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Junky: The Definitive Text of "Junk"

Junky: The Definitive Text of "Junk"

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Junky: The Definitive Text of "Junk"

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2 окт. 2012 г.


Junk is not, like alcohol or a weed, a means to increased enjoyment of life. Junk is not a kick. It is a way of life.

In his debut novel, Junky, Burroughs fictionalized his experiences using and peddling heroin and other drugs in the 1950s into a work that reads like a field report from the underworld of post-war America. The Burroughs-like protagonist of the novel, Bill Lee, see-saws between periods of addiction and rehab, using a panoply of substances including heroin, cocaine, marijuana, paregoric (a weak tincture of opium) and goof balls (barbiturate), amongst others. For this definitive edition, renowned Burroughs scholar Oliver Harris has gone back to archival typescripts to re-created the author's original text word by word. From the tenements of New York to the queer bars of New Orleans, Junky takes the reader into a world at once long-forgotten and still with us today. Burroughs’s first novel is a cult classic and a critical part of his oeuvre.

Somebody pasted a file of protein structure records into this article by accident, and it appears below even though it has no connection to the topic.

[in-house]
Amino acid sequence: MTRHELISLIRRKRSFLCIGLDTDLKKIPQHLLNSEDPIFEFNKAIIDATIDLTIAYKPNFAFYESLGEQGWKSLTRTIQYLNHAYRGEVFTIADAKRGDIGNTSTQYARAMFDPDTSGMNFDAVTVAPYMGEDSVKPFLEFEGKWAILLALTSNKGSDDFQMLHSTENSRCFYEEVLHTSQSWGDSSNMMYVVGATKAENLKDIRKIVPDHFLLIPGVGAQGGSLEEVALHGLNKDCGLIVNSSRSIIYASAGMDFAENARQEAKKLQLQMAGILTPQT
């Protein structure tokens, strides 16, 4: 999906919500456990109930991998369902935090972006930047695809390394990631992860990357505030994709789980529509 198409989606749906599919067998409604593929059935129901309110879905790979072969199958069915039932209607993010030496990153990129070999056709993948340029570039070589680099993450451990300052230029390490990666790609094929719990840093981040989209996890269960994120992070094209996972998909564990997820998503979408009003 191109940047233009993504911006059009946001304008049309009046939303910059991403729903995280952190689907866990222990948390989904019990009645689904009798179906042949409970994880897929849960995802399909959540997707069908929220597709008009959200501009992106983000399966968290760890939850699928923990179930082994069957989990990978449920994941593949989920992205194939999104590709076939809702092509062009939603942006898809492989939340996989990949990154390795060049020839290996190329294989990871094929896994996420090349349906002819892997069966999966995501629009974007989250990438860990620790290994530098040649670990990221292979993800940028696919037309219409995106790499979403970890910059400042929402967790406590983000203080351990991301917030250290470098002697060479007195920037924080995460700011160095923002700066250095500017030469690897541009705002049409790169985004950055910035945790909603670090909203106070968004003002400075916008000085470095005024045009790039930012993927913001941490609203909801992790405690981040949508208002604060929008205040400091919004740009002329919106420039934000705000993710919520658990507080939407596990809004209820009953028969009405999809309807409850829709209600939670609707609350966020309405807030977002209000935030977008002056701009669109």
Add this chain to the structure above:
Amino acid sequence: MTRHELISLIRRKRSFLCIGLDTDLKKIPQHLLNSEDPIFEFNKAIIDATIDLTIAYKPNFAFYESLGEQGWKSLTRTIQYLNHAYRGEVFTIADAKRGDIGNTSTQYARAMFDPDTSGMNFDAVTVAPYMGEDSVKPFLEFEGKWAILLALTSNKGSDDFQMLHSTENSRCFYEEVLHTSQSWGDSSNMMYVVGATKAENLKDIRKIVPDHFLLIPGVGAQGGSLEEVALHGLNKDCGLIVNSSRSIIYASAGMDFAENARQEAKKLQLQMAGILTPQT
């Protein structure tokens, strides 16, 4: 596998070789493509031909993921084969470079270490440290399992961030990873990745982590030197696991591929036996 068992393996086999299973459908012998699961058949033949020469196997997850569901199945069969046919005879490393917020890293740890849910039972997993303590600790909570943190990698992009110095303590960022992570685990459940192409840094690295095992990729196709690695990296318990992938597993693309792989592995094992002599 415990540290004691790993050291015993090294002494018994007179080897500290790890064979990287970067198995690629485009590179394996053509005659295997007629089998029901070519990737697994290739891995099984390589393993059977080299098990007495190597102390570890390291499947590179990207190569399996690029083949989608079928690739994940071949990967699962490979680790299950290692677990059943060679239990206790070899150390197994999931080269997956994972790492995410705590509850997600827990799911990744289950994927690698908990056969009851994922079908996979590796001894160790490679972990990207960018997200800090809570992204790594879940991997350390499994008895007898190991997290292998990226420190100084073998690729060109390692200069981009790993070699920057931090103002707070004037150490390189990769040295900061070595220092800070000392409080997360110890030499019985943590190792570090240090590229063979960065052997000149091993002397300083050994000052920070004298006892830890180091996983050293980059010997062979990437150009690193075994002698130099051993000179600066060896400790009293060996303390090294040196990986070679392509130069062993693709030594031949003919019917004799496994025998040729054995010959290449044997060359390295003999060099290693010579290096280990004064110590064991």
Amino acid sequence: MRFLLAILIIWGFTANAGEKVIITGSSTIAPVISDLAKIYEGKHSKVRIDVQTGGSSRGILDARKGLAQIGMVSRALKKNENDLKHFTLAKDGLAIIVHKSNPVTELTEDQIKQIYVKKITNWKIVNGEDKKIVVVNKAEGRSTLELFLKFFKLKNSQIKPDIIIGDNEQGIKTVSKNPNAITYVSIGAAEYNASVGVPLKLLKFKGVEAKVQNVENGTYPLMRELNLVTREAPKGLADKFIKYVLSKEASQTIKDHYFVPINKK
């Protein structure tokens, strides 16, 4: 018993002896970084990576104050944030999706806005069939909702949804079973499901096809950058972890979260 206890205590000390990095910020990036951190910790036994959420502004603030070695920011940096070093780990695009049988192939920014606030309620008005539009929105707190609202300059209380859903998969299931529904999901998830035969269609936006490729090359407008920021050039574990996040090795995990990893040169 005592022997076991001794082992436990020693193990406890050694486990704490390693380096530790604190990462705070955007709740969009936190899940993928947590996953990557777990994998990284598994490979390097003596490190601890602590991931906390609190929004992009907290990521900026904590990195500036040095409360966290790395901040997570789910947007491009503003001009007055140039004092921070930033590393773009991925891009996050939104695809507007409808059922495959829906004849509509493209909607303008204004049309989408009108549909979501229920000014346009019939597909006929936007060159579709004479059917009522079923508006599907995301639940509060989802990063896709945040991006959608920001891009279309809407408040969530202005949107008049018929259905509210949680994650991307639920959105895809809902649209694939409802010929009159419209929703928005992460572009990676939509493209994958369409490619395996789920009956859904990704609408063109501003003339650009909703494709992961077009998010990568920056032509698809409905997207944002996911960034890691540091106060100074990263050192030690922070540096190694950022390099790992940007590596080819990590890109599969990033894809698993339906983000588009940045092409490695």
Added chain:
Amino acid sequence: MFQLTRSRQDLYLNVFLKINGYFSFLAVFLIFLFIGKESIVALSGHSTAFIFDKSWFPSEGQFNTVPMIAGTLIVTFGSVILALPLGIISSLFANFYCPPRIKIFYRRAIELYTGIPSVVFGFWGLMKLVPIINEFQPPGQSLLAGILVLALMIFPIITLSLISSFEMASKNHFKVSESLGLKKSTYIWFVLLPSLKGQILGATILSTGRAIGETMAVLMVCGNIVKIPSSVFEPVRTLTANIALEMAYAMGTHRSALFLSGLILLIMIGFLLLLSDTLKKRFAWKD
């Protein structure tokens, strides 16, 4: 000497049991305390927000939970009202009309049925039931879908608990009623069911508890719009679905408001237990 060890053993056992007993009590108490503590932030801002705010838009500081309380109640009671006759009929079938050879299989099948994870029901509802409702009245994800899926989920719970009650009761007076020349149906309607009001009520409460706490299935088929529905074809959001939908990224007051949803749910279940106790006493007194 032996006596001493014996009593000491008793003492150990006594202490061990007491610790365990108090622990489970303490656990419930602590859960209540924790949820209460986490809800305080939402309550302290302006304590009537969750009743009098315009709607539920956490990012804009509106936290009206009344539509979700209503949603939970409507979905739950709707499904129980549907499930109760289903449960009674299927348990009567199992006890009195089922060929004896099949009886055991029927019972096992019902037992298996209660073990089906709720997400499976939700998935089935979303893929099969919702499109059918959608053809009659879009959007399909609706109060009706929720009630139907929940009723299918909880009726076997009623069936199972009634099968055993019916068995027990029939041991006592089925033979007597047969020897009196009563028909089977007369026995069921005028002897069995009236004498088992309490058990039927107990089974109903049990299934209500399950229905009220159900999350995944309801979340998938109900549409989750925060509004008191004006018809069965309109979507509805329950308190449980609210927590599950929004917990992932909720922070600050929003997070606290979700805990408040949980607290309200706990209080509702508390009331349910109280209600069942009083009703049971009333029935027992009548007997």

2 окт. 2012 г.

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Junky - William S. Burroughs



by William S. Burroughs

Junky (1953)

Naked Lunch (1959)

The Soft Machine (1961)

The Ticket That Exploded (1962)

The Yage Letters (1963)

Nova Express (1964)

The Wild Boys (1971)

Port of Saints (1973)

Exterminator! (1973)

Cities of the Red Night (1981)

The Place of Dead Roads (1984)

Queer (1985)

The Western Lands (1987)

Interzone (1989)

The Cat Inside (1992)

The Letters of William S. Burroughs: Volume I (1993)

My Education: A Book of Dreams (1995)

Word Virus: The Selected Writings of William S. Burroughs (1999)

Last Words (2000)

And the Hippos Were Boiled in Their Tanks (2008)


The Definitive Text of Junk

William S. Burroughs

Edited and with an Introduction by

Oliver Harris


Grove Press

New York

Copyright © 1953 by A. A. Wyn, Inc.

Copyright © 1977, 1981 by William S. Burroughs

Copyright © 2003 by the Estate of William S. Burroughs

Introduction to the 1977 edition copyright © by the Estate of Allen Ginsberg

Introduction copyright © 2003 by Oliver Harris

All rights reserved. No part of this book may be reproduced in any form or by any electronic or mechanical means, including information storage and retrieval ­systems, without permission in writing from the publisher, except by a reviewer, who may quote brief passages in a review. Scanning, uploading, and electronic distribution of this book or the facilitation of such without the permission of the publisher is prohibited. Please purchase only authorized electronic editions, and do not participate in or encourage electronic piracy of copyrighted materials. Your support of the author’s rights is appreciated. Any member of educational ­institutions wishing to photocopy part or all of the work for classroom use, or ­anthology, should send inquiries to Grove/Atlantic, Inc., 841 Broadway, New York, NY 10003 or permissions@groveatlantic.com

First published in the United States of America by Ace Books in 1953.

This edition with material by Allen Ginsberg and edited with an introduction by Oliver Harris published by arrangement with Penguin Classics, an imprint of Penguin Books

Printed in the United States of America

Published simultaneously in Canada

ISBN: 978-0-8021-2042-7

e-Book ISBN: 978-0-8021-9405-3